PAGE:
Five Tips For Building Your Brand From The Ground Up
Drive down Sheikh Zayed Road, one of the longest highways running through Dubai, and an average of 18,000 visuals will bombard you with their messaging. I've been in the advertising industry for 15 years, and I can't help but notice that the majority of messaging today has become promotional in nature, because at some point in time, selling took over from storytelling.
I was in Tokyo two years ago when I heard one of our executives say: "If you're not a startup, you're a turnaround." In this fast moving economy of the digital age where consumers are constantly online, and the way they interact and transact with brands is shifting closer to the convenience of wherever they might be, and farther away from the brand's actual physical store, such a statement should be taken to heart by companies and corporations in the region that need to think different. A friend of mine just launched a new tech company out of Beirut, and his current focus with his small team is driving the quality of his high tech product up to a standard by which it will be ready to launch commercially. When he came up to me for advice on media choices to promote his product, I told him these five tips:
1. First, know that where and how consumers shop has changed
Consumers now interact and transact at the same time on the same mobile device, so brand building and influencing have to go hand in hand with selling. With the shopping funnel being turned upside down, there are more chances for your consumers to interact and buy immediately, without the need for a physical showroom for them to touch and feel the brand. The showroom is now a five-inch screen that needs to offer an intuitive, quick to load and easy to navigate stories about your brand or product, and a one-step click to buy.
2. The traditional approach to advertising is dead
The key launch visual that you used to usher a campaign into existence with, and then the follow-up promo ad to sell your product are both deceased- may they both RIP. Think of the story, not the visual. Remember that a story today is told in multiple parts on multiple media, and it will most probably start on a mobile and not on a TV, because that's where consumers are spending most of their time.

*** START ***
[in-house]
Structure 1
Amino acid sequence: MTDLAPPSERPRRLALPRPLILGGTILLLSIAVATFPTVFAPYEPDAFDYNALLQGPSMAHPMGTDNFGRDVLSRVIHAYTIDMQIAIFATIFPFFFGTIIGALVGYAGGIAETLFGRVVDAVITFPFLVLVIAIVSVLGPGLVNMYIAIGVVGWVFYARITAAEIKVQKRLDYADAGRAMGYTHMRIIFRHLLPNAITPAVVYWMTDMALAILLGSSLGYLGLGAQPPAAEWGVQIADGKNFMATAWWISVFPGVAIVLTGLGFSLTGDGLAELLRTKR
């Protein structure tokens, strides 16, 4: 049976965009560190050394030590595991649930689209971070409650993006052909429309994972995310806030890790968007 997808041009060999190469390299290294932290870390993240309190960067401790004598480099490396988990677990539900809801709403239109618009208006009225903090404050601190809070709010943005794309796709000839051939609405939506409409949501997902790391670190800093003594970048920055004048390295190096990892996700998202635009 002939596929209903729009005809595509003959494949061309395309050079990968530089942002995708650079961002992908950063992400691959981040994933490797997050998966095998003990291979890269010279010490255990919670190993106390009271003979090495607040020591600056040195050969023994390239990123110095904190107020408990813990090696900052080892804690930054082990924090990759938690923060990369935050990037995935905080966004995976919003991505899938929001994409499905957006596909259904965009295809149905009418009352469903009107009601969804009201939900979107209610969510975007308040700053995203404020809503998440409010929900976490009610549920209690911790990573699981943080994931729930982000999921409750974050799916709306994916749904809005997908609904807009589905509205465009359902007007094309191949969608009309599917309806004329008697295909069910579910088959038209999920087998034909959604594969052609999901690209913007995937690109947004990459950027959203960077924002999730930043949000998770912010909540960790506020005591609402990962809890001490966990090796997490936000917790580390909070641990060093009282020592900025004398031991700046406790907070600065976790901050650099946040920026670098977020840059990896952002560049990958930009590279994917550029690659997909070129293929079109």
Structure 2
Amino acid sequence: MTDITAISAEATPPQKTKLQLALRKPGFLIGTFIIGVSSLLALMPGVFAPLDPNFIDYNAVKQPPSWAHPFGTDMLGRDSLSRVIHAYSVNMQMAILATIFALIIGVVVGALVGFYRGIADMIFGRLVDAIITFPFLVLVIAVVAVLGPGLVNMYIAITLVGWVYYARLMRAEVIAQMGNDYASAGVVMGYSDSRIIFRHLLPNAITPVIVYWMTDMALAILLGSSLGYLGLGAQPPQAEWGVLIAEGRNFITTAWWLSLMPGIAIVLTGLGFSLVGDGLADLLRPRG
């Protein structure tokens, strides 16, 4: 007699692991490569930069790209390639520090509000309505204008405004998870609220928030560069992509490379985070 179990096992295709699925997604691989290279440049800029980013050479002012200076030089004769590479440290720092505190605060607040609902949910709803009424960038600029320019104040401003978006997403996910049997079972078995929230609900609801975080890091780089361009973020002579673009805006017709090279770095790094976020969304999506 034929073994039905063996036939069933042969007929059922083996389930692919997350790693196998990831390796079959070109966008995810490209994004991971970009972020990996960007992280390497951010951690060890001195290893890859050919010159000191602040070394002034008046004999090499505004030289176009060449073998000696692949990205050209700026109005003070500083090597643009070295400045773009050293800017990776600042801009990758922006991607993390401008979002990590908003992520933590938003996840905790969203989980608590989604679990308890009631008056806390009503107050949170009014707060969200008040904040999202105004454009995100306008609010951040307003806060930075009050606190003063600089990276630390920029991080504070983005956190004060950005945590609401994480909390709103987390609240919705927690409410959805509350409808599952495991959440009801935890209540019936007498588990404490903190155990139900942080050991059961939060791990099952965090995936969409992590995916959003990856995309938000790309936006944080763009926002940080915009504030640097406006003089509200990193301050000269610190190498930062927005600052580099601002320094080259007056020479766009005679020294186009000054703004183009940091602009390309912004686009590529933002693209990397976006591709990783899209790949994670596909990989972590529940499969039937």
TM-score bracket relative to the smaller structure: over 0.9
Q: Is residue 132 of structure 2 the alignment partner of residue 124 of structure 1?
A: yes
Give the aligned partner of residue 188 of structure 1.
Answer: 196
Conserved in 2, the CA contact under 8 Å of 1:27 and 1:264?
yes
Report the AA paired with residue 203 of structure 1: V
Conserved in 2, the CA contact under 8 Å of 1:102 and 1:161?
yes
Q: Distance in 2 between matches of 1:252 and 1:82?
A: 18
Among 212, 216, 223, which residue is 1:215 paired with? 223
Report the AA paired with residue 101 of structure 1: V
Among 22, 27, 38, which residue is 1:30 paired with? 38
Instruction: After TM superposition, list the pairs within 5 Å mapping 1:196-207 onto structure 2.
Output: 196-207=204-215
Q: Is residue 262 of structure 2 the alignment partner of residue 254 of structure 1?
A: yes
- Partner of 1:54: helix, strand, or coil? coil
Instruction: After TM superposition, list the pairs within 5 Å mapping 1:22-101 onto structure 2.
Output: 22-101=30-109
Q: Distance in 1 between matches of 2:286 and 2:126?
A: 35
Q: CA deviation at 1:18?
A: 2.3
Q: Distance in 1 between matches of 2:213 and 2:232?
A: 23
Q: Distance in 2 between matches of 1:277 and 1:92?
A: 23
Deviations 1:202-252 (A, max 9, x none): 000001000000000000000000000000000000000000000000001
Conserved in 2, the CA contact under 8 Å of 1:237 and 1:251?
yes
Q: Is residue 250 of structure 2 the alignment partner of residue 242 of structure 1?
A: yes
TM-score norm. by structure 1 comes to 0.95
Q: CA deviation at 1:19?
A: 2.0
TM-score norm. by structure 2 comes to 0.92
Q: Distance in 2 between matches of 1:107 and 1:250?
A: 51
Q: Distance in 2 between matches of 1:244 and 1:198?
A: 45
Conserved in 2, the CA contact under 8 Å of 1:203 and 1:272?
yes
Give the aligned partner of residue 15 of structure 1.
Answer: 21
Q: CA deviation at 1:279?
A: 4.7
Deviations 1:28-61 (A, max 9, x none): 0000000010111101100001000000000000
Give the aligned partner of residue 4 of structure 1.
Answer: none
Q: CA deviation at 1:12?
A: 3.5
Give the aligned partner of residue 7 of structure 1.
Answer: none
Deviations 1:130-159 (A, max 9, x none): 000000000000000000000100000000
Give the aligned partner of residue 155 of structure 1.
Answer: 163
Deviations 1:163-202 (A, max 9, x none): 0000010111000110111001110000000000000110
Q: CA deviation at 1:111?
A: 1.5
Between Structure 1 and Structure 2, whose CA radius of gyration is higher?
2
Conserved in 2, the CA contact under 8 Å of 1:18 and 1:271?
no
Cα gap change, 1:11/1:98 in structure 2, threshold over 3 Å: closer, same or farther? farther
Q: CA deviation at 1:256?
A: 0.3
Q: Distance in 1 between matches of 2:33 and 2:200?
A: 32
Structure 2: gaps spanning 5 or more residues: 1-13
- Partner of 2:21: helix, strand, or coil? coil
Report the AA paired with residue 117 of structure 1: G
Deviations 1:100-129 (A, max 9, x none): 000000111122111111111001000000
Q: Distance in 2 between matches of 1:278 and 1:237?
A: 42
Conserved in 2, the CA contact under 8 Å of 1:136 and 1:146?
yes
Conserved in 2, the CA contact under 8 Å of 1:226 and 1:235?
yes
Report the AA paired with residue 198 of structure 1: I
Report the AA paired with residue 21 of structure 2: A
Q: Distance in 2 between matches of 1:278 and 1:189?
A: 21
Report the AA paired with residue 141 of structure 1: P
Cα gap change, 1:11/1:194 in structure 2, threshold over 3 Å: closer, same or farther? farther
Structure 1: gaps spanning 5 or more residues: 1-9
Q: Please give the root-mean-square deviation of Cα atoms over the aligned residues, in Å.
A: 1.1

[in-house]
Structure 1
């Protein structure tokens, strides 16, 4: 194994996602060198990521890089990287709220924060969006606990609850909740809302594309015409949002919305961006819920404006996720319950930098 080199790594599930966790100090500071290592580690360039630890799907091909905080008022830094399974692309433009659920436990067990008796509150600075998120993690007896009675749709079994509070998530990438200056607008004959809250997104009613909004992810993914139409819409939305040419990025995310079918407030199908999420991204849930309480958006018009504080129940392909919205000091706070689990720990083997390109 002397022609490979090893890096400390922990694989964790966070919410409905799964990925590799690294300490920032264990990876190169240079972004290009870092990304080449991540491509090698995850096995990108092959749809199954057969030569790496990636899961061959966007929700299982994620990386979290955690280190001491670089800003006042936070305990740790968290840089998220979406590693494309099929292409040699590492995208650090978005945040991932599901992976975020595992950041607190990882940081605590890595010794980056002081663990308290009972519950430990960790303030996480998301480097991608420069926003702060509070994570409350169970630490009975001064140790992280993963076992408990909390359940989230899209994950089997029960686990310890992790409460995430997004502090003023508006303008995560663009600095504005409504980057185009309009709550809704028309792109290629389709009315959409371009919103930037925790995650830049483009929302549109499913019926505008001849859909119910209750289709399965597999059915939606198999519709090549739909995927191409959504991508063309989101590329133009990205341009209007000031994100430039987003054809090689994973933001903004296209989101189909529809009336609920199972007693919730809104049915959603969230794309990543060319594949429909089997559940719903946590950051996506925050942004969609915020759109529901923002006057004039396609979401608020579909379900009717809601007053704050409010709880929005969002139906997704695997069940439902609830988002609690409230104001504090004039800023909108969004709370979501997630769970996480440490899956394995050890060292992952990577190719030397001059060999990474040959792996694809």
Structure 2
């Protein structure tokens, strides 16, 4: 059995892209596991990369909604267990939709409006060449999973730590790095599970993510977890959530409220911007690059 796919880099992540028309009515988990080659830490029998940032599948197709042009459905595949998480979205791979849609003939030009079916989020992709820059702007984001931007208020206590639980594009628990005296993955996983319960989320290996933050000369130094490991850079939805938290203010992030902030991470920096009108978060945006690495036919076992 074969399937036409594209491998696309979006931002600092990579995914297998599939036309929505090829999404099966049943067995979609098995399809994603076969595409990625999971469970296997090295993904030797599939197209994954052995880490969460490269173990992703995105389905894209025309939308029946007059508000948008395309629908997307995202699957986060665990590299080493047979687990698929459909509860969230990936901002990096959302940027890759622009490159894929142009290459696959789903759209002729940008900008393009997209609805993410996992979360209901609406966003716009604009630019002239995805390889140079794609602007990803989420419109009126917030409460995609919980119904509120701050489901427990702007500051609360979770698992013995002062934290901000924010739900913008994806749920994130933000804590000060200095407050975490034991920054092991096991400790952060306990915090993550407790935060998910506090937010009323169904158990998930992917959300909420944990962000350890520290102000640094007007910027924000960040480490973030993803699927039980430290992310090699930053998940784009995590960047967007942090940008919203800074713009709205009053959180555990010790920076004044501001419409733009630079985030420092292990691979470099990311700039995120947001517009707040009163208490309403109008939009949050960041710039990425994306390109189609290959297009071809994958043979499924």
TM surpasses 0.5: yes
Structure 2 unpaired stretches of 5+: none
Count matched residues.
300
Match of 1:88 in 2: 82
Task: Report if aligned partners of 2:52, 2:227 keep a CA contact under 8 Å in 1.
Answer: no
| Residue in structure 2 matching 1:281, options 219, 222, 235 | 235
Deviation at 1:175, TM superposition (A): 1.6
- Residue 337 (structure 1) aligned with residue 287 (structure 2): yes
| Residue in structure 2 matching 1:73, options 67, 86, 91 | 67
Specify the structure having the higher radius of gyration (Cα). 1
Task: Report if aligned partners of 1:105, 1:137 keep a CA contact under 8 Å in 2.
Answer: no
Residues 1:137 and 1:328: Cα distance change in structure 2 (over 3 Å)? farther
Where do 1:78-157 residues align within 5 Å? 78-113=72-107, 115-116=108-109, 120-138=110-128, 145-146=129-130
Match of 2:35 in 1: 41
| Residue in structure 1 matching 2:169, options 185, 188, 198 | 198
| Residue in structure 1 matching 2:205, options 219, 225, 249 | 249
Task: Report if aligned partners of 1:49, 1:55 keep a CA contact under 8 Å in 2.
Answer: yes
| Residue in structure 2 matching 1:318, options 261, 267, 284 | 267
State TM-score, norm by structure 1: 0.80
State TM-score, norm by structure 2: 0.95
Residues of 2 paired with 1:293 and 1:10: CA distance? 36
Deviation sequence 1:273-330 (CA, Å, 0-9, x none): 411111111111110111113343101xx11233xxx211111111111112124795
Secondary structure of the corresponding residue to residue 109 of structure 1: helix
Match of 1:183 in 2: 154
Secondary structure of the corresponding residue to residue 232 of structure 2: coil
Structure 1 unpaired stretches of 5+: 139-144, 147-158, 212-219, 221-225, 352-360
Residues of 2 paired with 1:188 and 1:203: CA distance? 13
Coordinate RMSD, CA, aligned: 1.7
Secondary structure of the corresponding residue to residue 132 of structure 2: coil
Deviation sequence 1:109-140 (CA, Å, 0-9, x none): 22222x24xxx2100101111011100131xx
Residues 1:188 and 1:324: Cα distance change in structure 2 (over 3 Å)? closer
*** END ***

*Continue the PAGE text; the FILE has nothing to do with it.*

Brand building used to be referenced as a long-term objective tracked with research on brand attributes over time, and then correlated to the general sales pattern of a brand. Brand connections today, however, are created on the fly, and just like the human relationships of today, they are volatile, instant and easily substituted if you don't "feel the love." The build-up to campaigns needs to deliver quicker reach via new frequencies offered by media players like Snapchat and Instagram, where you click out of interest, and if the content is quickly relevant, it captures you and directs you to an e-commerce portal to complete the purchase.
3. Find a set of influencers who can show and try your product
You can't build a brand today if you don't have cool people to talk about it, show it, and try it as well. A YouTuber recently got bumped into first class by Emirates, and he filmed his experience with the flight. More than 3 million views later, the airline is still benefiting from the exposure with potential customers who want to know what first class is like, without having to actually be there. The "showroom" is on their screen, and that recommendation from someone trusted on a major video portal to provide "cool" and "real" reviews is all they need to trust the experience. I'm sure many business travelers who watched this video will seriously consider upgrading to first class on their next flight.
4. Make sure the brand story is creative and fast
A good story needs to build up quickly. Just think: there are 2000 stories on Facebook for a user to go through every day. Is your story compelling enough to watch, comment and share? A lot of marketers still judge creativity in old-fashioned ways, on a big screen, or an A3 printout. Put that piece of creative on your mobile and see what it looks like. That's when you'll really get a sense if it works for your product or not. Long narratives are just too much for your potential customer to invest time in. They're already online four hours a day, if not more, and they don't have the time to watch a long piece of content about your brand or product.
5. Remember that cash is still king
In this region, customers still seek the emotional security of not storing their credit card data online on any portal, simply because they don't trust regional websites to be so robust when it comes to the security of their data. One out of three people who shop online in the UAE still prefer paying in cash on delivery. They also want the guarantee to return something if they're not happy with it. That's a reality that any business built around e-commerce needs to come to terms with. Even cashless companies like Uber have started offering cash payment for rides in the UAE, because they finally understand that they're missing out on the "cash is king" customer.